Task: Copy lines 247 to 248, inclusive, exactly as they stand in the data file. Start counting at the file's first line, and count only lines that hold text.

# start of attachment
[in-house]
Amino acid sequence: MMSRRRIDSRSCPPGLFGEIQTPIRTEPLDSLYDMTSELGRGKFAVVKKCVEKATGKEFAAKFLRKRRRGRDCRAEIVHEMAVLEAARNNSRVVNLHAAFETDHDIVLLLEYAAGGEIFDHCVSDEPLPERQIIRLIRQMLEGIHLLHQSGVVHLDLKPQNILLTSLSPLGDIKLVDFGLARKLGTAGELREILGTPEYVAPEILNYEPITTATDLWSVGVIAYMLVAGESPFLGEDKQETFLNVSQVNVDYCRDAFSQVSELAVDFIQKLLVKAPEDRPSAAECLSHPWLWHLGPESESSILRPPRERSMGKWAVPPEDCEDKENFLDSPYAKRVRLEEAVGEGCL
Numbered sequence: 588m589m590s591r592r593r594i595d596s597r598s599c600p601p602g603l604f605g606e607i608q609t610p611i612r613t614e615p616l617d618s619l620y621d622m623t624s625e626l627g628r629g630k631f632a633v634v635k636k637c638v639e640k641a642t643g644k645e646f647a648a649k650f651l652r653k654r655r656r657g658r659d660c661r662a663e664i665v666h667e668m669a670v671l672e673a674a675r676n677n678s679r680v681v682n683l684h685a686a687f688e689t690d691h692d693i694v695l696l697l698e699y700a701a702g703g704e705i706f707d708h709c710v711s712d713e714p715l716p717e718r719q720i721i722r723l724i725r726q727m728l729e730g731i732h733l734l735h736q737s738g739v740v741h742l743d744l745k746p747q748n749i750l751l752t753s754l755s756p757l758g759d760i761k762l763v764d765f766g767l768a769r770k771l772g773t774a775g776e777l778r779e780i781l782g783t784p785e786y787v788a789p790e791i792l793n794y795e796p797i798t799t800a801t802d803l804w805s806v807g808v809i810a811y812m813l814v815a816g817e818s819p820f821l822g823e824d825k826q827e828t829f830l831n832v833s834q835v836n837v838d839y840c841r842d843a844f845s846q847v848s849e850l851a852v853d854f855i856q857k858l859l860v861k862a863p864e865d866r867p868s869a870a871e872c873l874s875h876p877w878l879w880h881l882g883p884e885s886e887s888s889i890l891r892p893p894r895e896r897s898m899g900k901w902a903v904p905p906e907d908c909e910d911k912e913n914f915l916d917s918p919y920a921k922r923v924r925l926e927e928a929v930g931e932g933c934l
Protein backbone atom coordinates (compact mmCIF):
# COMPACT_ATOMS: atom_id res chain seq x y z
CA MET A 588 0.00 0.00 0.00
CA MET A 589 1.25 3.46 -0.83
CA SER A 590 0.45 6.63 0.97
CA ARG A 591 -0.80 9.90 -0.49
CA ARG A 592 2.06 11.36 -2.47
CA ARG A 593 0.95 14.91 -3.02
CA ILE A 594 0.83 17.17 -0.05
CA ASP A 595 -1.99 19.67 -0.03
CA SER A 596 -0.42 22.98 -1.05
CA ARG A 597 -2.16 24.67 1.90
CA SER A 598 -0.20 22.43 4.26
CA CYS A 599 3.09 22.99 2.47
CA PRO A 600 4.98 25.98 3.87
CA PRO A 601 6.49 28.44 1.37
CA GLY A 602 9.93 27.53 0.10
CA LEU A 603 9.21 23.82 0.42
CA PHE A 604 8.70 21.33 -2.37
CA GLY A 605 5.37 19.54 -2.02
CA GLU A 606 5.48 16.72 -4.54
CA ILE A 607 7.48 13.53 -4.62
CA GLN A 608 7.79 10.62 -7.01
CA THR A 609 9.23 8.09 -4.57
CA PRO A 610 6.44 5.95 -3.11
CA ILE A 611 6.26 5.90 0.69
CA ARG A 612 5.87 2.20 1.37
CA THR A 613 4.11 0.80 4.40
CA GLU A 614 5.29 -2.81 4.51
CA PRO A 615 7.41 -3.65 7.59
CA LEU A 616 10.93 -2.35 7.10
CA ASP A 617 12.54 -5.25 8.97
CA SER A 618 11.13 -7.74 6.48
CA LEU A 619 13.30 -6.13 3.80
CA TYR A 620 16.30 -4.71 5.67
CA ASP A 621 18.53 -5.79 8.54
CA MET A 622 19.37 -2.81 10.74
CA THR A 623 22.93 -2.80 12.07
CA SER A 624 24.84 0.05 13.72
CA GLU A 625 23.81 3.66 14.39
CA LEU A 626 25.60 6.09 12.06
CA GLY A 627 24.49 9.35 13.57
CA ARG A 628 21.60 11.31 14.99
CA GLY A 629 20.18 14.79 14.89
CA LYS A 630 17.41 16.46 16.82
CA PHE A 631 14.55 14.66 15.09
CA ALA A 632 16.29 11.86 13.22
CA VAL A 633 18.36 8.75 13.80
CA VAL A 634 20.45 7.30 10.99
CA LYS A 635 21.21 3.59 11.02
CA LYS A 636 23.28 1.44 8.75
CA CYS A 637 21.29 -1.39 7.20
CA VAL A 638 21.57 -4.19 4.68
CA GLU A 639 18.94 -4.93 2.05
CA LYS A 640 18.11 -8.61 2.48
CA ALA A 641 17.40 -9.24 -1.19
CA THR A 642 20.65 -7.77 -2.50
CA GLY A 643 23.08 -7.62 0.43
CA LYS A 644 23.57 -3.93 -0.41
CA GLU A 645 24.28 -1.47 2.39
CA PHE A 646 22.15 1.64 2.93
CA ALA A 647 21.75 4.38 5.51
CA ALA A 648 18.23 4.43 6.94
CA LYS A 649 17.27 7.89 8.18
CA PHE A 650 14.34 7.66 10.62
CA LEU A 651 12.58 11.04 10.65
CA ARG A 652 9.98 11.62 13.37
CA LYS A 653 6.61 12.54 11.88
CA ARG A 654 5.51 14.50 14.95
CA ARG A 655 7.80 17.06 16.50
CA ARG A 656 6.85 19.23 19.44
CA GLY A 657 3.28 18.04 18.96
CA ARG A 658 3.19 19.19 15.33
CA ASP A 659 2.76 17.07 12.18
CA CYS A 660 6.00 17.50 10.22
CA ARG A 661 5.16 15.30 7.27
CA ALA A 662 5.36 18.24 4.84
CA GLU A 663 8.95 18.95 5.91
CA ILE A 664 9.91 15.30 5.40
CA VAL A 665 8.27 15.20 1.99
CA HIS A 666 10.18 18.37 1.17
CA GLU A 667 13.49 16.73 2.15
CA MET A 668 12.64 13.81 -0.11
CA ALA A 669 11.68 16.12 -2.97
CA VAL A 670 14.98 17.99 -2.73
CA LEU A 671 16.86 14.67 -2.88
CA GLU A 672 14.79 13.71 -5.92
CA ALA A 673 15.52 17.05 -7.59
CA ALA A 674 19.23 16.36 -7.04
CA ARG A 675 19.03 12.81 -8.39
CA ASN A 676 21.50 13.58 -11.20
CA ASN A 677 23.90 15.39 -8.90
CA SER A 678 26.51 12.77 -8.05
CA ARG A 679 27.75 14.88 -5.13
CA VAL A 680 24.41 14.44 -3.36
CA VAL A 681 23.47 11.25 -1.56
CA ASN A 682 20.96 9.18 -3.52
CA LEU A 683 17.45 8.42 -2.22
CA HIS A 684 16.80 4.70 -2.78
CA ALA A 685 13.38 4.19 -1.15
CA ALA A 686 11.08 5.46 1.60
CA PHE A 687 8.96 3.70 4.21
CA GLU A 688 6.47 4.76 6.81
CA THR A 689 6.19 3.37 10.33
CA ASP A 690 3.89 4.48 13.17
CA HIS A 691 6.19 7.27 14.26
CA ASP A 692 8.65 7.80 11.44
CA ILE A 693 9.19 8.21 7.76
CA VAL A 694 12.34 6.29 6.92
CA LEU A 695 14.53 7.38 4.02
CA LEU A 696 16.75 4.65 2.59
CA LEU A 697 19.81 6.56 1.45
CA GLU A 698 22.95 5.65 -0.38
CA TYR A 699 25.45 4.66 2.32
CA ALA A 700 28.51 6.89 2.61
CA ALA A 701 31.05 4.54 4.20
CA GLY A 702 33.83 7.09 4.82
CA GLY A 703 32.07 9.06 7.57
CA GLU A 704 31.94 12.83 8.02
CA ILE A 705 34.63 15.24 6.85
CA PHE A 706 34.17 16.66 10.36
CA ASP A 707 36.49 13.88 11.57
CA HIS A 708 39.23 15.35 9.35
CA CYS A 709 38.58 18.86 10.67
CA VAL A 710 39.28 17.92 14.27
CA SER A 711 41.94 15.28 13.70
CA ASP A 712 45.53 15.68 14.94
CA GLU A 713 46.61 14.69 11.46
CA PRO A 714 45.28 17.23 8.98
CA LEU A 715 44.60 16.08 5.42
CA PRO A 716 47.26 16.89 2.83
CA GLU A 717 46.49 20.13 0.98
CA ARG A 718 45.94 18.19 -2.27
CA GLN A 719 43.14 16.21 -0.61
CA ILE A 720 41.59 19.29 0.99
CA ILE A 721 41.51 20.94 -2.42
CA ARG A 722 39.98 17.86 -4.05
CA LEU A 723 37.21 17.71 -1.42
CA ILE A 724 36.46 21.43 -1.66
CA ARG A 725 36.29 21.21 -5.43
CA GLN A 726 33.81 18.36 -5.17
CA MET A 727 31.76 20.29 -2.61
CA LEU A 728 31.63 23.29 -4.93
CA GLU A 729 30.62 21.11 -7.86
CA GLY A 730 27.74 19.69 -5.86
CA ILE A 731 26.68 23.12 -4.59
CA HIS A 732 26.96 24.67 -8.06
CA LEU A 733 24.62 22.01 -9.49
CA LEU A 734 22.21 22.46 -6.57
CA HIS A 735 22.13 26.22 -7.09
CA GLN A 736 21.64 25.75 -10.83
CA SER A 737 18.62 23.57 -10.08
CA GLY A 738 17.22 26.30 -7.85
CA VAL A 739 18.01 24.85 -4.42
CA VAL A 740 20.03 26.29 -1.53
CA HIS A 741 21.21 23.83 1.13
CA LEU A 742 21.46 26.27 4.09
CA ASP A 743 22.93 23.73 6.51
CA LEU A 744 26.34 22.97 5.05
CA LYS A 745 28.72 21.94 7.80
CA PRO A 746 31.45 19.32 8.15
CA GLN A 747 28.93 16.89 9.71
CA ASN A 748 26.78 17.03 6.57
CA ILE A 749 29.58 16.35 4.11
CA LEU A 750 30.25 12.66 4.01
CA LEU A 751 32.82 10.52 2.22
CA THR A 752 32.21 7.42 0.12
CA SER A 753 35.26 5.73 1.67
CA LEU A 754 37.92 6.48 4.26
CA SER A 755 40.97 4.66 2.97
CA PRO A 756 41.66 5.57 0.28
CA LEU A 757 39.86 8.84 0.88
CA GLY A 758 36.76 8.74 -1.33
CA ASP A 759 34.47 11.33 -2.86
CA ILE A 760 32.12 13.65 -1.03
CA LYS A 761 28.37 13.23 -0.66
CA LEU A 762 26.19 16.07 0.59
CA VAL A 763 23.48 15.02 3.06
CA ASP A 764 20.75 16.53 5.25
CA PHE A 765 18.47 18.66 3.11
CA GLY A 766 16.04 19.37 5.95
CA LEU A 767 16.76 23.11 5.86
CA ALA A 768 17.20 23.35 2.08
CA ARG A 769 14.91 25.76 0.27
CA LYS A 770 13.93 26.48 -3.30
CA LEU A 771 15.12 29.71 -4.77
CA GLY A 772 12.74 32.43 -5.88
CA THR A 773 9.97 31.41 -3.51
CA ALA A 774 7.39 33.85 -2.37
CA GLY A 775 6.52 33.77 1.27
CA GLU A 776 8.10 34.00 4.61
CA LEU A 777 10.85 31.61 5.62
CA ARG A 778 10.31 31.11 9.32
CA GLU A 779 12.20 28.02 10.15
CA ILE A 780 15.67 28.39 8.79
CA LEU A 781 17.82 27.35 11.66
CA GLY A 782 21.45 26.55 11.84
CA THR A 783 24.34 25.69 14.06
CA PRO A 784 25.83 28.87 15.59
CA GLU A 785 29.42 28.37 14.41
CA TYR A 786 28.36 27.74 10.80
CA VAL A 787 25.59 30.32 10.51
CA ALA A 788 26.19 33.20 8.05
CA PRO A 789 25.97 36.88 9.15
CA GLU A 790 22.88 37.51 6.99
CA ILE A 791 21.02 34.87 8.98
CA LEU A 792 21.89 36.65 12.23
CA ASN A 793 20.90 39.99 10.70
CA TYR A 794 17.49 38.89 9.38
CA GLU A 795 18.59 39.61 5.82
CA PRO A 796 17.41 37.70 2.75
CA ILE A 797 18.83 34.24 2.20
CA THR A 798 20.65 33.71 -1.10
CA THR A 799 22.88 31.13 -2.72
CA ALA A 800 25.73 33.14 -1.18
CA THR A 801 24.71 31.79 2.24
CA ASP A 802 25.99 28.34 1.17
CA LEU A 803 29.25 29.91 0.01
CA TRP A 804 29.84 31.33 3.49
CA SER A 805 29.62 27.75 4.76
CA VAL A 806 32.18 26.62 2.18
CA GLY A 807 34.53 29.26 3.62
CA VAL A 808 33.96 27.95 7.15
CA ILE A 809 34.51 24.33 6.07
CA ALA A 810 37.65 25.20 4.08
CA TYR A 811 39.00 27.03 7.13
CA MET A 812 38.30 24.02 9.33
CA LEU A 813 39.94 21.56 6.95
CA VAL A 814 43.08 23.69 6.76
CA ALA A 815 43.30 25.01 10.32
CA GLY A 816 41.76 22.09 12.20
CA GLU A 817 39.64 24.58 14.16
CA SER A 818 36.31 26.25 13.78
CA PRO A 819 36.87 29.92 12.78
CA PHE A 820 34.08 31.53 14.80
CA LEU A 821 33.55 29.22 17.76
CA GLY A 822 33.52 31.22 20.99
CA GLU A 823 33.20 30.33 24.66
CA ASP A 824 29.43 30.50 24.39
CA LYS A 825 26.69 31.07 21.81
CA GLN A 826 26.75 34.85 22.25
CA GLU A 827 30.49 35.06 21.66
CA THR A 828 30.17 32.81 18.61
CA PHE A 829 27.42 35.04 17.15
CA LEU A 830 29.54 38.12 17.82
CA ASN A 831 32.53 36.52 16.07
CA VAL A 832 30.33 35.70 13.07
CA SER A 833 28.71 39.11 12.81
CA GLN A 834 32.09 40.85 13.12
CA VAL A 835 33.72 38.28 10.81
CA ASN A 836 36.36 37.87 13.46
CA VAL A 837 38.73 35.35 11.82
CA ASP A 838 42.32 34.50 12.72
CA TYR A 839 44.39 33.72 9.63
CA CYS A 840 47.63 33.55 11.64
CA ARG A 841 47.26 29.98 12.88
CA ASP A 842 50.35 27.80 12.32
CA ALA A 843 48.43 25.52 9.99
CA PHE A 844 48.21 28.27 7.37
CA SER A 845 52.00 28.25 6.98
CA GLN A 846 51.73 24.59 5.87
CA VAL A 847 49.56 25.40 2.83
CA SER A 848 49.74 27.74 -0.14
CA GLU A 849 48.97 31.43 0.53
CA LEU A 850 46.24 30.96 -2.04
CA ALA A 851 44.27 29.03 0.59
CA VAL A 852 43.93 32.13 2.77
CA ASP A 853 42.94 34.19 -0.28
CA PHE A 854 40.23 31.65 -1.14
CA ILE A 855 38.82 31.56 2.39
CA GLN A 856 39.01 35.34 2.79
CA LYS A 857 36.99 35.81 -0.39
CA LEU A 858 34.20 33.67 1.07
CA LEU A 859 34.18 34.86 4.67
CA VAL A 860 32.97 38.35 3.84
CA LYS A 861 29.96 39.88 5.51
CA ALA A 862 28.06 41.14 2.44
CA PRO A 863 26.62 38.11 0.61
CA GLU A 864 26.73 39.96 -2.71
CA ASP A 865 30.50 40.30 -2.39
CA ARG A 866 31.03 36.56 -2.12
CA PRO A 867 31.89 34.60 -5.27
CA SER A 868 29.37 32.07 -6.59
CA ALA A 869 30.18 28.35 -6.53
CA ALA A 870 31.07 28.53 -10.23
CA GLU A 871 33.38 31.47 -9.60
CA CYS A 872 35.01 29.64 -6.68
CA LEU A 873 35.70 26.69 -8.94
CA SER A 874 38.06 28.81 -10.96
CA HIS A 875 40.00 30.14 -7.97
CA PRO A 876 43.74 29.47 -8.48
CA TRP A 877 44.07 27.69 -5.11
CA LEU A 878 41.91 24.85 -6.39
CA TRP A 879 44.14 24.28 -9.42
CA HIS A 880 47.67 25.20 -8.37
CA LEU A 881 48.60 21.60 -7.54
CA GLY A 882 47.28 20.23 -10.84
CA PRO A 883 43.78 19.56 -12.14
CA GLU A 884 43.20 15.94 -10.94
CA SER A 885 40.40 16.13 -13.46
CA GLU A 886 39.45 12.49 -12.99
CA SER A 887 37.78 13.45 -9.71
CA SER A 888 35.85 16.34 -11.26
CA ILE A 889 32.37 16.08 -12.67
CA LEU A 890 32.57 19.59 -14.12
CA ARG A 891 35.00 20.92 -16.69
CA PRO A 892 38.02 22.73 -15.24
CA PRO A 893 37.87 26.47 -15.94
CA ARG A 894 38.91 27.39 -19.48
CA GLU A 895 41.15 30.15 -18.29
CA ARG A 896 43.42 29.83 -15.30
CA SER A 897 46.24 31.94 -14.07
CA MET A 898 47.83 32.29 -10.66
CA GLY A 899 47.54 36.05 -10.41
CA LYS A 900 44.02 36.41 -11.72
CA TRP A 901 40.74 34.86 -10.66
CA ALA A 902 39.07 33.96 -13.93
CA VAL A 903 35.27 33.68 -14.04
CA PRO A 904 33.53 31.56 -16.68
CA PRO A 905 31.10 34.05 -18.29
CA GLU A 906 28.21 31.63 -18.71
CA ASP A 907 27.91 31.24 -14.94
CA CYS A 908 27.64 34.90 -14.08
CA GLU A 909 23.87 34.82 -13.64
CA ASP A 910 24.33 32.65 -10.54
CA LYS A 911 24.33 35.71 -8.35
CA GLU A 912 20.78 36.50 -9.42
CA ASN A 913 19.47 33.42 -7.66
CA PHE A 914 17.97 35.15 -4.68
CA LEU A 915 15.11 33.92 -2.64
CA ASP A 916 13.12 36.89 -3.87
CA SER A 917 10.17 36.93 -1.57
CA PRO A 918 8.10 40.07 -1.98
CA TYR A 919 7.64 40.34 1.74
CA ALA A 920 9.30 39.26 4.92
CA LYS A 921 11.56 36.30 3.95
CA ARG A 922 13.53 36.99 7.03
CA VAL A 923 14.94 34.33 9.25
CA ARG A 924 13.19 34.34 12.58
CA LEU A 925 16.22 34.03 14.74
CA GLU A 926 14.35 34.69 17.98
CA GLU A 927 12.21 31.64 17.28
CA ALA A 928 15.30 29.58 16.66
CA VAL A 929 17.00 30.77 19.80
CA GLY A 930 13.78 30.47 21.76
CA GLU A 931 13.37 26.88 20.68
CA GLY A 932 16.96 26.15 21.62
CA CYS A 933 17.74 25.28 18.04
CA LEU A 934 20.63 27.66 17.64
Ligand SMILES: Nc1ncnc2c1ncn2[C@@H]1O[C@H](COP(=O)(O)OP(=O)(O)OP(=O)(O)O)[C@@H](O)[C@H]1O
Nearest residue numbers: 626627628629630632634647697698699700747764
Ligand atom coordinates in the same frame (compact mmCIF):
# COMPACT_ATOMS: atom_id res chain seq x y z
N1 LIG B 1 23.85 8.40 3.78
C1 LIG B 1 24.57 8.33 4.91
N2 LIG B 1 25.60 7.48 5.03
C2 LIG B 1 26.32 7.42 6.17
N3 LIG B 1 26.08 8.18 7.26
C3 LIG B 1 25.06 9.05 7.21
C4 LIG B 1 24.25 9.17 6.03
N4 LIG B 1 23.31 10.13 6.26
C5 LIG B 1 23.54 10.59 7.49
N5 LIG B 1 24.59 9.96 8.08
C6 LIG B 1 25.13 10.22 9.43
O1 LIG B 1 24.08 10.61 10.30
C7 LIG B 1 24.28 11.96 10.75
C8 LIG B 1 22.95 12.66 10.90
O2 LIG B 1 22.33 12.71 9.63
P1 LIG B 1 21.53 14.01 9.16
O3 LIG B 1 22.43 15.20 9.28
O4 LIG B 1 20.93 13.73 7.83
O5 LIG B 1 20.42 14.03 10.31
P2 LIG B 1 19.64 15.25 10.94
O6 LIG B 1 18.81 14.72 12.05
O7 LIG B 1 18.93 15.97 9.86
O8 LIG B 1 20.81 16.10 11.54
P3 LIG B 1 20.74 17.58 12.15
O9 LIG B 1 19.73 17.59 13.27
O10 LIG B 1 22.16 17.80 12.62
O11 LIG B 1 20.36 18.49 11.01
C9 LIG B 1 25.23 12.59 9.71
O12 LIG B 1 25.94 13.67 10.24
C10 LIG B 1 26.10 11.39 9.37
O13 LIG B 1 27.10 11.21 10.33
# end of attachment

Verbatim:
CA PHE A 829 27.42 35.04 17.15
CA LEU A 830 29.54 38.12 17.82